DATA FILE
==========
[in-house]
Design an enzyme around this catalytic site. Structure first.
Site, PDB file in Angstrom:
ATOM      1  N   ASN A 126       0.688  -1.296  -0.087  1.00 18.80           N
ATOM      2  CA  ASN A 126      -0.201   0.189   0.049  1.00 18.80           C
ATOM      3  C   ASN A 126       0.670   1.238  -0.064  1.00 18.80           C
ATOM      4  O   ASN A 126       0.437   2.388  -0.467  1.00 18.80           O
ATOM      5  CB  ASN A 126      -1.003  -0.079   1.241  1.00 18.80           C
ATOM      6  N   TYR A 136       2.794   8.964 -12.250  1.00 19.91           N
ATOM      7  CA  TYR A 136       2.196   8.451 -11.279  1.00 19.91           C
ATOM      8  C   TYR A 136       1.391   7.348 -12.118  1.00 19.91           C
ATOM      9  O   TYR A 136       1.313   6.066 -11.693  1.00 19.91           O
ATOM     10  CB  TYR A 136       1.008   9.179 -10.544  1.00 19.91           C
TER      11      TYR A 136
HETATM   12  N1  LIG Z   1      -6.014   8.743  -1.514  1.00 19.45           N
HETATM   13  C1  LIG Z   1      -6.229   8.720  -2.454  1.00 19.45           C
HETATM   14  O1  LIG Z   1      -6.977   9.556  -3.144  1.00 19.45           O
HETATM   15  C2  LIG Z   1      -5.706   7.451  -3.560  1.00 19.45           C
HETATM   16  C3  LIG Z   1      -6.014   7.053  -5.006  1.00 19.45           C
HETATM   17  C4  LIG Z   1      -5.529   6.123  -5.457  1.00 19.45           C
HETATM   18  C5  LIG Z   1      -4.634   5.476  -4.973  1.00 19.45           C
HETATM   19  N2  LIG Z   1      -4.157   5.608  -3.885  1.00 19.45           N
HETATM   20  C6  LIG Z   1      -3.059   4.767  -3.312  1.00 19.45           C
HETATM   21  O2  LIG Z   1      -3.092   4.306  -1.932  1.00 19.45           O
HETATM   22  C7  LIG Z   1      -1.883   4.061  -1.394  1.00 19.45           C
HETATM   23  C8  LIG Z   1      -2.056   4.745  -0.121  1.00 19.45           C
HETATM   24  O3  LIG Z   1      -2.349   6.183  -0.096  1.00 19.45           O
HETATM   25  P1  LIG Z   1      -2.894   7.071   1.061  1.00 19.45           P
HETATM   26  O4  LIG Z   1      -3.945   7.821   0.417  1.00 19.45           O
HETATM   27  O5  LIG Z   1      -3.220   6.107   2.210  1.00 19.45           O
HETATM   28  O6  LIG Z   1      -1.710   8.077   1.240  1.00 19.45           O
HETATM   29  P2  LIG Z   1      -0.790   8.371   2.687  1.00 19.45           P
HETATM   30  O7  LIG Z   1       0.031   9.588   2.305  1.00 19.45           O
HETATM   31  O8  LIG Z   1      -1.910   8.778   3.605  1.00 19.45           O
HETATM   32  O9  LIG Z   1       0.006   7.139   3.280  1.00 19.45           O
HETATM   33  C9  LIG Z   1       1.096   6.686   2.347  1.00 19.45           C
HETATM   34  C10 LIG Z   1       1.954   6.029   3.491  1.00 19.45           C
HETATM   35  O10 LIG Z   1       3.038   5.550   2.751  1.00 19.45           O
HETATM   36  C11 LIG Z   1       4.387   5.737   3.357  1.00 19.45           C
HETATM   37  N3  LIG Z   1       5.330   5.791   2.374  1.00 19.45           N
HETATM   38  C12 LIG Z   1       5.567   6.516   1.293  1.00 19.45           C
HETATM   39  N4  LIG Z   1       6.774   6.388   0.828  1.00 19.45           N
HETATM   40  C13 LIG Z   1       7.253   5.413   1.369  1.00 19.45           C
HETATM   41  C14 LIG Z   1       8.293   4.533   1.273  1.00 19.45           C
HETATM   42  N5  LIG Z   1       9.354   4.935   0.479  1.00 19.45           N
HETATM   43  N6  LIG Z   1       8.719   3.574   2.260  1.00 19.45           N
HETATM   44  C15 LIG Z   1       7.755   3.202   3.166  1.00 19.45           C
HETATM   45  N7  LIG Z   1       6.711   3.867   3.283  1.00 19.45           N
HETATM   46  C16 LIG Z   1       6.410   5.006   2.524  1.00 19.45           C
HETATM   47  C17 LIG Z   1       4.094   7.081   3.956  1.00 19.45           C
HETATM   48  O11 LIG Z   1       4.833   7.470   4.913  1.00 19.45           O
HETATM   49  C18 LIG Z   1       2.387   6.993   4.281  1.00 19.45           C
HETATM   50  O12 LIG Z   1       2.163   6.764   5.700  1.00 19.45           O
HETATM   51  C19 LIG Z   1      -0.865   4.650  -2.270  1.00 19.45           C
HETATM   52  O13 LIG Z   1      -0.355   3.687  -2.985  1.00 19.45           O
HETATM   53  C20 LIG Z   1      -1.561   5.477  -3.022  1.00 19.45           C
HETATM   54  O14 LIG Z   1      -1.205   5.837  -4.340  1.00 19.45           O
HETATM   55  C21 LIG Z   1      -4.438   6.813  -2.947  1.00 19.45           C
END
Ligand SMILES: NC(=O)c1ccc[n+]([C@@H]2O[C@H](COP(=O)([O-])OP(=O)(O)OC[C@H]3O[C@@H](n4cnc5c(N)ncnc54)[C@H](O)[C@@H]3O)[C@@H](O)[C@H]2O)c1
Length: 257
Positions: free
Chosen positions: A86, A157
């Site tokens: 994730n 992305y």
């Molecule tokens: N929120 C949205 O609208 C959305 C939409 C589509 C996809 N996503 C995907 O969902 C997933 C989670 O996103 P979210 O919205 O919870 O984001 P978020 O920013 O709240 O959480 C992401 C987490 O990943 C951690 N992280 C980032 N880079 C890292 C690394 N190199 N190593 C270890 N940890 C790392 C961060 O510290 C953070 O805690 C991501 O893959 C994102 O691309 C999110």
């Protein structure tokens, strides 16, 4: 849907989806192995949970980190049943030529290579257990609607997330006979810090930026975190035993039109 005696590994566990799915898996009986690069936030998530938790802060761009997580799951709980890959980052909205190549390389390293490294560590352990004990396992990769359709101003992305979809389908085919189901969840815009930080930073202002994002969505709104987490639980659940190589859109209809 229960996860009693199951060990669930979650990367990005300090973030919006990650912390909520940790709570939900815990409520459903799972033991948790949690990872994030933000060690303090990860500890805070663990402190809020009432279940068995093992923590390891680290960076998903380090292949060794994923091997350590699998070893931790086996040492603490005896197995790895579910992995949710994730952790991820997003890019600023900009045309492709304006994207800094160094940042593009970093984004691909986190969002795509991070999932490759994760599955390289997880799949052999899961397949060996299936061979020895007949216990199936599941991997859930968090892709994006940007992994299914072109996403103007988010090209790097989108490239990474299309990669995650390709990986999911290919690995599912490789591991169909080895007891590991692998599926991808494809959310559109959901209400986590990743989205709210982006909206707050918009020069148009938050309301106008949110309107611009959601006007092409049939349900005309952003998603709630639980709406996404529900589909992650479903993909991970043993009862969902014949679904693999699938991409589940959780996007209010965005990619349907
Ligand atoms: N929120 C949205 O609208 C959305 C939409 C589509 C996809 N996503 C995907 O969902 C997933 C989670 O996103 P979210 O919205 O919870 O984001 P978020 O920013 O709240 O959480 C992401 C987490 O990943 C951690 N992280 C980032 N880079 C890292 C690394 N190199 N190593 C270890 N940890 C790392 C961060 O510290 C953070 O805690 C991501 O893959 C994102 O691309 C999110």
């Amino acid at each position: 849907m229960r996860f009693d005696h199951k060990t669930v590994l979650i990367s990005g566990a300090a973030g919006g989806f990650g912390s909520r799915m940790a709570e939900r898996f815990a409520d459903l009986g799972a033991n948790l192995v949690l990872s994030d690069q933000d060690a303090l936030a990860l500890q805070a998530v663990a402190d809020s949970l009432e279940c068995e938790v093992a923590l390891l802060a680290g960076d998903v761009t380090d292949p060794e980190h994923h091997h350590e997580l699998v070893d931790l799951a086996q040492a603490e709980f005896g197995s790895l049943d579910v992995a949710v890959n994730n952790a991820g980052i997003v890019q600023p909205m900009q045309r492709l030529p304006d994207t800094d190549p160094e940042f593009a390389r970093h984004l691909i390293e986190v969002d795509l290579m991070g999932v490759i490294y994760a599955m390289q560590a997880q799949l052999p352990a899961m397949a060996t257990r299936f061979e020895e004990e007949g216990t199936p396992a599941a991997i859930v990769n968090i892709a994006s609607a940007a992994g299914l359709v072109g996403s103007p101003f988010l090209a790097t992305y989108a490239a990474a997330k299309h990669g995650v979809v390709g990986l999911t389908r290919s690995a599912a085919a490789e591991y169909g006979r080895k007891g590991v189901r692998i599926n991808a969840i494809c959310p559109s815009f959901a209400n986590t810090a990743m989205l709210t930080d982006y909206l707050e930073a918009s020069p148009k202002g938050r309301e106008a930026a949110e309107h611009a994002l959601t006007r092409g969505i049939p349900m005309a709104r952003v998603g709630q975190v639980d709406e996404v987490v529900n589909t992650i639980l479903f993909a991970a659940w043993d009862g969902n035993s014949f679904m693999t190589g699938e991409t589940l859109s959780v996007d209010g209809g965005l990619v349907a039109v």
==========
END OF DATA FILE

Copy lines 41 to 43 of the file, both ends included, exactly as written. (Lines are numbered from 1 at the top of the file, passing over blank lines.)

HETATM   38  C12 LIG Z   1       5.567   6.516   1.293  1.00 19.45           C
HETATM   39  N4  LIG Z   1       6.774   6.388   0.828  1.00 19.45           N
HETATM   40  C13 LIG Z   1       7.253   5.413   1.369  1.00 19.45           C